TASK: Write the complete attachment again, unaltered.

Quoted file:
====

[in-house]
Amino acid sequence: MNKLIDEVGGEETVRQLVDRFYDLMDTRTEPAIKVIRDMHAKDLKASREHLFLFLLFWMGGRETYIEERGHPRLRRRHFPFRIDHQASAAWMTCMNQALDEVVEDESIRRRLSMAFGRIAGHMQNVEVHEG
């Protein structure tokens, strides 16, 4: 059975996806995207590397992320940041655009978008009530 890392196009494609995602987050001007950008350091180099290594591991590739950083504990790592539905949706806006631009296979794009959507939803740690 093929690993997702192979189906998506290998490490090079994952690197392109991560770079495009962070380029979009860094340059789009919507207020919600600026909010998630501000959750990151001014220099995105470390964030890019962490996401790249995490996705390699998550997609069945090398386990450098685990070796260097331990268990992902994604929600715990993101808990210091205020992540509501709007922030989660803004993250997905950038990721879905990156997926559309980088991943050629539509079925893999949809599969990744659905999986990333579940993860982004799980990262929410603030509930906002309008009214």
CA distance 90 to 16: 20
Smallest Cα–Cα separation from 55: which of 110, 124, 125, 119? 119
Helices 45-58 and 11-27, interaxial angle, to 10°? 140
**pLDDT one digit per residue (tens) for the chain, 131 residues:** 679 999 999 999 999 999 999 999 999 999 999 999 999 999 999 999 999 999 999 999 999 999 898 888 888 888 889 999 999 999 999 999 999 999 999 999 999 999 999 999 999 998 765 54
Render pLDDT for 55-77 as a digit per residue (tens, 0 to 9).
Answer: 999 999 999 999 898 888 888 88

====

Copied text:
[in-house]
Amino acid sequence: MNKLIDEVGGEETVRQLVDRFYDLMDTRTEPAIKVIRDMHAKDLKASREHLFLFLLFWMGGRETYIEERGHPRLRRRHFPFRIDHQASAAWMTCMNQALDEVVEDESIRRRLSMAFGRIAGHMQNVEVHEG
């Protein structure tokens, strides 16, 4: 059975996806995207590397992320940041655009978008009530 890392196009494609995602987050001007950008350091180099290594591991590739950083504990790592539905949706806006631009296979794009959507939803740690 093929690993997702192979189906998506290998490490090079994952690197392109991560770079495009962070380029979009860094340059789009919507207020919600600026909010998630501000959750990151001014220099995105470390964030890019962490996401790249995490996705390699998550997609069945090398386990450098685990070796260097331990268990992902994604929600715990993101808990210091205020992540509501709007922030989660803004993250997905950038990721879905990156997926559309980088991943050629539509079925893999949809599969990744659905999986990333579940993860982004799980990262929410603030509930906002309008009214």
CA distance 90 to 16: 20
Smallest Cα–Cα separation from 55: which of 110, 124, 125, 119? 119
Helices 45-58 and 11-27, interaxial angle, to 10°? 140
**pLDDT one digit per residue (tens) for the chain, 131 residues:** 679 999 999 999 999 999 999 999 999 999 999 999 999 999 999 999 999 999 999 999 999 999 898 888 888 888 889 999 999 999 999 999 999 999 999 999 999 999 999 999 999 998 765 54
Render pLDDT for 55-77 as a digit per residue (tens, 0 to 9).
Answer: 999 999 999 999 898 888 888 88